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What general rules, requirements and procedures govern the conclusion of (re)insurance contracts in your jurisdiction?

The Argentine Superintendence of Insurance (SSN) must approve the wording and conditions of all insurance policies.

Insurers must provide policyholders with policies that are signed, clearly written and easy to read, and which contain the following:

  • the name and domicile of the parties;
  • the interest or life insured;
  • the risks written by the insurer;
  • the inception date;
  • the term for which risks are covered;
  • the premium;
  • the sum insured; and
  • the general conditions.

Exclusions must be written in prominent and clear writing and included in an annex to the policy.

Insurers must deliver the policy to the insured, through a means that allows them to prove receipt, within 15 days of the date on which the contract is entered into.

Policies must be written in Spanish, except for marine insurance policies, which can be written in a foreign language.

Parties to a reinsurance contract are free to agree on most of the conditions.

Mandatory/prohibited provisions

Are (re)insurance contracts subject to any mandatory/prohibited provisions?

Insurance contract

The Insurance Law (17,418) includes a number of terms that are implied into the insurance contract, which can be divided into three categories:

  • Mandatory terms – terms that, due to their wording, nature or legal provision are mandatory (eg, misrepresentation and non-disclosure and their effects).
  • Implied terms – terms that can be modified only to the insured's benefit (eg, the possibility of mitigating the effects of misrepresentation in the absence of bad faith, the term for reporting a loss and the notice that an insurer must give if it rescinds a policy).
  • Terms that can be freely modified by the parties – any other term that does not fall within any of the previous categories.

Reinsurance contract In reinsurance contracts, certain clauses are mandatory.

For instance, contracts must be governed by Argentine law and disputes will be resolved within the Argentine jurisdiction.

They must include a clause whereby, in the event of liquidation of the cedant, the reinsurer will pay directly to the liquidator any outstanding balances, regardless of whether the cedant has complied with its obligations to the insured.

All of the brokerage commissions and expenses agreed in each operation must be specified in both the cover notes and reinsurance contracts.

Other terms can be freely negotiated between the parties.

Implied terms

Can any terms by implied into (re)insurance contracts (eg, a duty of good faith)?

All contracts must be made, interpreted and performed in good faith. Contracts mandate not only what is formally expressed, but also any consequences to which parties acting with care and diligence may reasonably be obligated. This particularly applies to insurance contracts, where both the insured and the insurer are deemed subject to the duty of utmost good faith.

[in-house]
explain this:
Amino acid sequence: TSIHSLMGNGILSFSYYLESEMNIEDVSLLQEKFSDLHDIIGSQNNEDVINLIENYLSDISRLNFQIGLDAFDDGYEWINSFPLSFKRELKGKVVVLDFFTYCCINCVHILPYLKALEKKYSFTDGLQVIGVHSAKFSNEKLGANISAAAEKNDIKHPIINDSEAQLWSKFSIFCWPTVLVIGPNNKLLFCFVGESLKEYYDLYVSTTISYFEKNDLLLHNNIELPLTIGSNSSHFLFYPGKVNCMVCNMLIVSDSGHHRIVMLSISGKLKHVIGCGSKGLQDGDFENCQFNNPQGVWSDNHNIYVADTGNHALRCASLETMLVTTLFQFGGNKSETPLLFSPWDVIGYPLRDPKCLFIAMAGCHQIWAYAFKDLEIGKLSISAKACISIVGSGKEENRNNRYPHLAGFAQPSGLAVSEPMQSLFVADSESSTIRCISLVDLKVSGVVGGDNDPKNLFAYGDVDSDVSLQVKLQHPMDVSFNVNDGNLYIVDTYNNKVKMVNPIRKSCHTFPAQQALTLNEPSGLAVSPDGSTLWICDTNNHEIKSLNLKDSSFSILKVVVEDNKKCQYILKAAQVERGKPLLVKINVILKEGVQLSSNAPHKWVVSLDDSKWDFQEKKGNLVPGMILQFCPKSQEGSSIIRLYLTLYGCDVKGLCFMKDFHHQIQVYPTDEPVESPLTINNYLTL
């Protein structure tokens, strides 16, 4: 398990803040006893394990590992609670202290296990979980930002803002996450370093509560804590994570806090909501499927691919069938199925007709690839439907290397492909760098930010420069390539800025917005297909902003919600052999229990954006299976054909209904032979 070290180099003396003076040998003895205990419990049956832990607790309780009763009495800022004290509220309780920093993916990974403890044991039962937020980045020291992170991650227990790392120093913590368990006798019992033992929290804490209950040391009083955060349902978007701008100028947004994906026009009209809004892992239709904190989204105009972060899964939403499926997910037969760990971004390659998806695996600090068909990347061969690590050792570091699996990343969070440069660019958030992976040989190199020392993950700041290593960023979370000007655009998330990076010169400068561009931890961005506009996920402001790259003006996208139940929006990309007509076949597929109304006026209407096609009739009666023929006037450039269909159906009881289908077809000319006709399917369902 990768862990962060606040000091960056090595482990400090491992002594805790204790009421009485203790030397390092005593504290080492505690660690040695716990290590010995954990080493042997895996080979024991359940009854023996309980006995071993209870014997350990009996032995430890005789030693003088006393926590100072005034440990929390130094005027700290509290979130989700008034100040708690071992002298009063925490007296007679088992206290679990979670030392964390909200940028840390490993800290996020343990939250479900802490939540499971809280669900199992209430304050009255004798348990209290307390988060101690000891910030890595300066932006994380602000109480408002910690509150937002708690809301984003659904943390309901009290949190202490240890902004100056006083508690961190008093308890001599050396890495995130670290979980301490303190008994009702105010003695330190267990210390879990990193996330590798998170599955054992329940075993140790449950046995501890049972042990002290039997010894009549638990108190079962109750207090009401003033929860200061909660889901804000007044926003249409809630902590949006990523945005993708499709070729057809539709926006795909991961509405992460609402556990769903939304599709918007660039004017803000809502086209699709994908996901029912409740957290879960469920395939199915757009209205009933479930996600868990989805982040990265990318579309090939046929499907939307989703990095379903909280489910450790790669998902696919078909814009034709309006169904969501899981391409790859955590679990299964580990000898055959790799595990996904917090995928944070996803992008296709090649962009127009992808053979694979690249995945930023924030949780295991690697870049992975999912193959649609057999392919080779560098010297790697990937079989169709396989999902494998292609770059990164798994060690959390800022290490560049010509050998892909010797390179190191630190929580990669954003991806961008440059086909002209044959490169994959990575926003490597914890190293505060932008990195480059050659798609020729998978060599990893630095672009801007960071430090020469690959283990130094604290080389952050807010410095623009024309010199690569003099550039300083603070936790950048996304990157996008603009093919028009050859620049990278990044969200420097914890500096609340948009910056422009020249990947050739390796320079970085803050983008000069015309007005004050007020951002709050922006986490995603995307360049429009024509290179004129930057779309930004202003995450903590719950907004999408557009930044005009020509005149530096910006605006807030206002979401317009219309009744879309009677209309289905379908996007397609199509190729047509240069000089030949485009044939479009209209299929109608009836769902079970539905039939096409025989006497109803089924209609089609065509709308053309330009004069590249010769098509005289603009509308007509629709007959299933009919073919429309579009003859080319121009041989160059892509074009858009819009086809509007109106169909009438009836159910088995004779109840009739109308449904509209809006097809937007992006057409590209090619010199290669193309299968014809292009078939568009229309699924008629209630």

Standard/common terms

What standard or common contractual terms are in use?


In insurance contracts, common contractual terms in use are:

  • the risk covered;
  • the exclusions;
  • the term to report a loss;
  • the premium payment requirements;
  • misrepresentation and non-disclosure;
  • aggravation of risks; and
  • a rescission clause.

Reinsurance In reinsurance contracts, common contractual terms are:

  • the claims control clause;
  • follow the fortune;
  • the applicable law;
  • termination; and
  • arbitration.

‘Smart’ contracts

What is the state of development in your jurisdiction with regard to the use of ‘smart’ contracts (ie, blockchain based) for (re)insurance purposes? Are any other types of financial technology commonly used in the conclusion of (re)insurance contracts?

We are not aware of any developments with smart contracts or other types of financial technology locally used in the conclusion of (re)insurance contracts.


What rules and procedures govern breach of contract (for both (re)insurer and insured)?

The breach of an insurance policy by an insurer enables the insured to claim on the basis of ordinary contractual liability. Liability can also extend to foreseeable indirect damages.

Punitive damages can be awarded to a consumer for violations of the Consumer Protection Law. The maximum amount that can be awarded to a consumer is Ps5 million (approximately $280,000 at the time of writing).

If the Insurance Law does not determine the effect of non-compliance with a condition or obligation on the insured, the parties may agree on the forfeiture of the insured’s rights if the breach is due to its negligence, according to the following regime (Article 36 of the Insurance Law):

  • If the condition or obligation must be fulfilled before the loss, the insurer must claim that the insured has forfeited its rights within a month.
  • When the loss occurs before the insurer can claim that the insured has forfeited its rights, the insurers will be bound to cover if the breach had no influence on the occurrence of the loss or on the extent of the insurer’s obligation.
  • If the condition or obligation must be executed after the loss, the insurer will decline liability if the breach had an effect on the extent of the insurer’s obligation.

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